In the land of the midnight sun, a quintessential family vacation is punctuated by a breathtaking experience of solitude
Last July, in the height of Norwegian Arctic summer, our family boarded a seven-hour train headed northeast from Oslo to the fjords on the highest elevated railway in northern Europe. Outside the train car, snow-spackled mountains and narrow inlets flickered by, like images from a fairy-tale film reel ready to serve as backdrop to Norse gods or elves. Rain streamed down the windows as we zipped through verdant valleys cut through with rushing waterfalls, the hillside dotted with charming red barns and tiny wood-frame houses the colour of lemon custard.
My husband, Matt, and I had chosen this train for its proximity to wilderness — an enchanted landscape carved by glaciers and largely untouched by people. In this season of 24-hour daylight, darkness came only fleetingly, from the train tunnels inside a mountain, or from behind closed eyelids. And yes, we had asked ourselves, more than once, what we were doing here, in the land of the midnight sun, with two young boys accustomed to lights out at 8 pm.
We had spent five days exploring Oslo, its gorgeous architecture and inspired urban design. The train was a way of getting our family out into the most remote parts of Norway, a land and seascape imbued with myth and completely foreign to our own lives back home in the San Francisco
The pervasive feeling I had during our two weeks in Norway was the sense that someone had forgotten to turn off the sky. Some days it felt like a perpetual hangover. We dealt with sleeping arrangements largely by darkening rooms as much as curtains and blinds would allow, but bedtime often stretched as late as 11 p.m., when twilight hit.
In truth, it was this very otherworldliness that we had sought. The dusk sky between midnight and 2 am cast a surreal light on almost everything, and that was the point. What better way to teach our sons to look at the world in a new light than to show them Arctic midsummer and cast away the norms of nighttime? There was the late-night family dinner we had at a remote waterside pub upon arriving in the Lofoten Islands, a far northern archipelago situated more than 100 miles above the Arctic Circle. The drive from the airport — along winding roads flanked by craggy peaks and water that mirrored the sky — was nearly devoid of other cars. On the back deck of the wood-planked pub, two friendly and inebriated local men named Terry and Simon greeted us with bone-crushing handshakes, handed me a juniper berry to chew on and asked us to join them.
There was the feeling of time traveling at the amazing Viking Museum in the blink-and-you’ll-miss-it village of Borg. Anchored by a striking reconstruction of a Viking chieftain’s long house that was excavated nearby, the museum has a series of buildings connected by outdoor walking paths. It even features two replica ships and their boathouses. Inside the meeting house, a woman in a period costume of a long white gown and apron ladled for me a cup of mead, a boozy drink made from fermented honey and water, while Matt donned chain mail,Felix and Teddy wore metal and leather helmets, and swung heavy swords around. On a chilly day punctuated by downpours, we dashed from building to building, re-enacting life as it was in the 1200s and learning about Norse mythology and the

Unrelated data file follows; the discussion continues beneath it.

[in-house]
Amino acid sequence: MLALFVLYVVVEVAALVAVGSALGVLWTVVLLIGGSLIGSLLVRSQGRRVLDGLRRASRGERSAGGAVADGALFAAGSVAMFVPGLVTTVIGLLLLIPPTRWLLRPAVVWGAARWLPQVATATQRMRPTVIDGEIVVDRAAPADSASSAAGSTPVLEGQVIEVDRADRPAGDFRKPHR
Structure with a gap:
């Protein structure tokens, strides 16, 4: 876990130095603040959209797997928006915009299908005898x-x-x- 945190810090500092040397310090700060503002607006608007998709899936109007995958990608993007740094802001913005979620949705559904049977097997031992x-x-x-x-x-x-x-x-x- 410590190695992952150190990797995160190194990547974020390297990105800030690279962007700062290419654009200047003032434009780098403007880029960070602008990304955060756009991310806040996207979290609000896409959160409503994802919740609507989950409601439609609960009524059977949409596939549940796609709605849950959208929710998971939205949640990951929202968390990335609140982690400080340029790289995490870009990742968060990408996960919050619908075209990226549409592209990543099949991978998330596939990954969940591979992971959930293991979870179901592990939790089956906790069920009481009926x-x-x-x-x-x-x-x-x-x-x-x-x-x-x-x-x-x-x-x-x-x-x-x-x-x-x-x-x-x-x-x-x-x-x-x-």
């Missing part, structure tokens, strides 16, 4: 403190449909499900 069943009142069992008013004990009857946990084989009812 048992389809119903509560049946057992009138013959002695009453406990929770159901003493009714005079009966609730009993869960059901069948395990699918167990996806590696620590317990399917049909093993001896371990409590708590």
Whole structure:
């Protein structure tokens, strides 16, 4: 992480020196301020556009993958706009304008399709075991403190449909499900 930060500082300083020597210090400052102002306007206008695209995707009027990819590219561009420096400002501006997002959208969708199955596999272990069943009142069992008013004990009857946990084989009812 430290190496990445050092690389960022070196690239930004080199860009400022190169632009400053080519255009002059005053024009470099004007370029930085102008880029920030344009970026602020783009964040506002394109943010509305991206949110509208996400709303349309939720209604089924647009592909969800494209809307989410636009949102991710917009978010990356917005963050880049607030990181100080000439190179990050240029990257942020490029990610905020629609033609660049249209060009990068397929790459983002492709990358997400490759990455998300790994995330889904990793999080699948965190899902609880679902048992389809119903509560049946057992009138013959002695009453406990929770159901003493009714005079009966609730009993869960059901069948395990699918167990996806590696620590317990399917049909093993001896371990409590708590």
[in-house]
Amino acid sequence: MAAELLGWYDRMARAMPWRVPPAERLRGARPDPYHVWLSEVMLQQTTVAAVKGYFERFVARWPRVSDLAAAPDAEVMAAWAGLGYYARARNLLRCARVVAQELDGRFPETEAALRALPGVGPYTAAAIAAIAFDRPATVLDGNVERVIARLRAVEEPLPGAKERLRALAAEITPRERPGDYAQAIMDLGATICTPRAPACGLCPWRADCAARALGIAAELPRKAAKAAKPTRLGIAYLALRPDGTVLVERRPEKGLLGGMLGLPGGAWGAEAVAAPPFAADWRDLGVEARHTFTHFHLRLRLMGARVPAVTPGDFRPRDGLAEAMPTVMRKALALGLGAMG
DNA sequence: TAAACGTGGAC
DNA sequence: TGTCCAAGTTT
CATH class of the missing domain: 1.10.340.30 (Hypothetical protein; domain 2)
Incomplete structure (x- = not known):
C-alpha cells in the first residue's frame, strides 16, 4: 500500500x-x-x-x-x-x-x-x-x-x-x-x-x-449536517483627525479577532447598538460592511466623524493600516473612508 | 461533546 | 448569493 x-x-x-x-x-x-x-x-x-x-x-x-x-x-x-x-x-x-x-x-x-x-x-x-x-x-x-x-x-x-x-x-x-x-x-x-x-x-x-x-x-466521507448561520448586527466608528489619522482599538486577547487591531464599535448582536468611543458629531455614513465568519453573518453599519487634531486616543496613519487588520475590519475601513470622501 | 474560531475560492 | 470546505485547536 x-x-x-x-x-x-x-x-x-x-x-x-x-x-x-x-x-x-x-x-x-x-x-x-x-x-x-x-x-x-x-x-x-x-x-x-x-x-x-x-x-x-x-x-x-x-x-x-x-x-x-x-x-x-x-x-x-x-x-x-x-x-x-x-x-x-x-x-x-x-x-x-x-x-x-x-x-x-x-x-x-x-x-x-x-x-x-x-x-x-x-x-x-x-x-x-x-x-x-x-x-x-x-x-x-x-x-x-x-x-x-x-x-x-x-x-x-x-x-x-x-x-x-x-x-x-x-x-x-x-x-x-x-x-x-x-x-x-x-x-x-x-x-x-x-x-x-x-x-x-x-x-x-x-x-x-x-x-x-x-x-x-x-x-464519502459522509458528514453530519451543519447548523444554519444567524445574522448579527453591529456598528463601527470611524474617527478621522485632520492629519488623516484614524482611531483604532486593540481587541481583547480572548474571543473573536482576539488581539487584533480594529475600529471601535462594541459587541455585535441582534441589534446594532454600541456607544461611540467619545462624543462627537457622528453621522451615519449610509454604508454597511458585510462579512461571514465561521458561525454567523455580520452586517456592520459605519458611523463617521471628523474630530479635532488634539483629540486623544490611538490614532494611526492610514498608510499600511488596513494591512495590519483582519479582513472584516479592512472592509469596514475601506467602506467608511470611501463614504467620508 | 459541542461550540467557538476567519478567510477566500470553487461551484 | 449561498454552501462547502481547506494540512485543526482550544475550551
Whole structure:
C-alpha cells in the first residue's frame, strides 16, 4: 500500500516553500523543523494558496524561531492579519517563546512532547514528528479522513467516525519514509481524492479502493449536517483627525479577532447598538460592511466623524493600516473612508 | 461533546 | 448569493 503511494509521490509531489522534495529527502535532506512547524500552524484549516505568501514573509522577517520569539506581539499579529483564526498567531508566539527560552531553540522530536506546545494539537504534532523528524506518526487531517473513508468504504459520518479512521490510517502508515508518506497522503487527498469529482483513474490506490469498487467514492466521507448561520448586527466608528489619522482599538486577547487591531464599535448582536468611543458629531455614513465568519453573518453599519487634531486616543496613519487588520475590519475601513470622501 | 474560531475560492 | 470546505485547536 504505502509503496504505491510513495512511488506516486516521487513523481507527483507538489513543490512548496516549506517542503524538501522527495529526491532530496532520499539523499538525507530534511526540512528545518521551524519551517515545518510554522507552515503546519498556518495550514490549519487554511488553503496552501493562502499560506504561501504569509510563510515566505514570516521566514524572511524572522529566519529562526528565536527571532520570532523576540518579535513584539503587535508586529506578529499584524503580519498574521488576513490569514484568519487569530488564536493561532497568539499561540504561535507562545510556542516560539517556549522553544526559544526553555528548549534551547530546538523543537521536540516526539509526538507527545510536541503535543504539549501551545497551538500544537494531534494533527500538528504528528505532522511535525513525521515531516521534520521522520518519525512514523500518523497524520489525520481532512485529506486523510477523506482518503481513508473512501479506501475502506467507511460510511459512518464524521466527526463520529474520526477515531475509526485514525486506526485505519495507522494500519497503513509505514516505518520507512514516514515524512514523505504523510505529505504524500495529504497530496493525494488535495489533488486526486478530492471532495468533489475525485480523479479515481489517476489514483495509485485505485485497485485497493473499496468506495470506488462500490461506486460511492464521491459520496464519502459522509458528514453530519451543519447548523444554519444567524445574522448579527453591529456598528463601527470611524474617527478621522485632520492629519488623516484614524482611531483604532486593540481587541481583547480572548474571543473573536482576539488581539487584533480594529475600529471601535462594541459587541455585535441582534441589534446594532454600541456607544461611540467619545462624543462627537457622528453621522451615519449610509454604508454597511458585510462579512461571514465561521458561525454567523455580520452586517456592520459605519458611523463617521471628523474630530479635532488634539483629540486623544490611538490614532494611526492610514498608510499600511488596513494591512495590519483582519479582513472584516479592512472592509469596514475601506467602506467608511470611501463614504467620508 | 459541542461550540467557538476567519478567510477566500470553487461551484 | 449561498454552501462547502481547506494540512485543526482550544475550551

ships that brought the Vikings to inhospitable shores.
And there was something special for each of us to find. For me, there was surfing in the Arctic. Friends in Oslo directed us to Unstad, a minuscule sheep-farming town that has several surf breaks on the Norwegian Sea and hosts an international surf competition every fall. One afternoon there, I wriggled into a 6-mm neoprene wet suit — much thicker than I was accustomed to wearing in San Francisco, making me feel a bit like the Michelin Man — and paddled out, nodding as I passed the several guys in the lineup. All of them were cheerful and none looked terribly cold. Truth be told, in the fierce sunlight, the only time I felt any iciness was on my face upon a wipeout. Waiting for the next set of waves to arrive, I looked at the afternoon sky, dabs of clouds across it like chalk-dusted fingerprints. Who could not smile when confronted with this heart-expanding, crazy beauty?
For Matt, there were the craggy mountains, electric-green with velvety moss, and the time to run up and down their lung-busting slopes every afternoon. There was the absence of people, the wilderness. For someone used to being on the clock every day, the slowing down of time was nothing short of magic. For the boys, there was the powder-white sand beach and the endless views of the fjords, and no one to tell them to hurry up.
From the little wood-shingled house we were staying in, with its floor-to-ceiling windows, we watched the sky move mercurially between moods, sunrise and sunset, shifting from full-blast sunshine to muted purple-orange clouds that crept up near midnight as the sun dipped below the horizon. For a scant few hours, a cool pastel gloom ruled, until the warm egg yolk crept back up into the sky once more. One night, in the wee hours as I wandered around, I got to catch both the sunset and the sunrise. It occurred to me that our days and nights, always so bookended by darkness, no longer seemed to have boundaries. They were fluid, continuous. Infinite.
Vacations are funny. They lull you into a certain way of being that is completely at odds with your daily life. What did we want to be the message of this enterprise? That sometimes it’s fine to throw out the rules. Go to sleep at 11 pm? No problem. Play with swords? Breakfast for dinner, because I had a heck of a time decoding the Norwegian names of everyday items at the store? Yes, and yes. Remember how much fun it was to break the rules?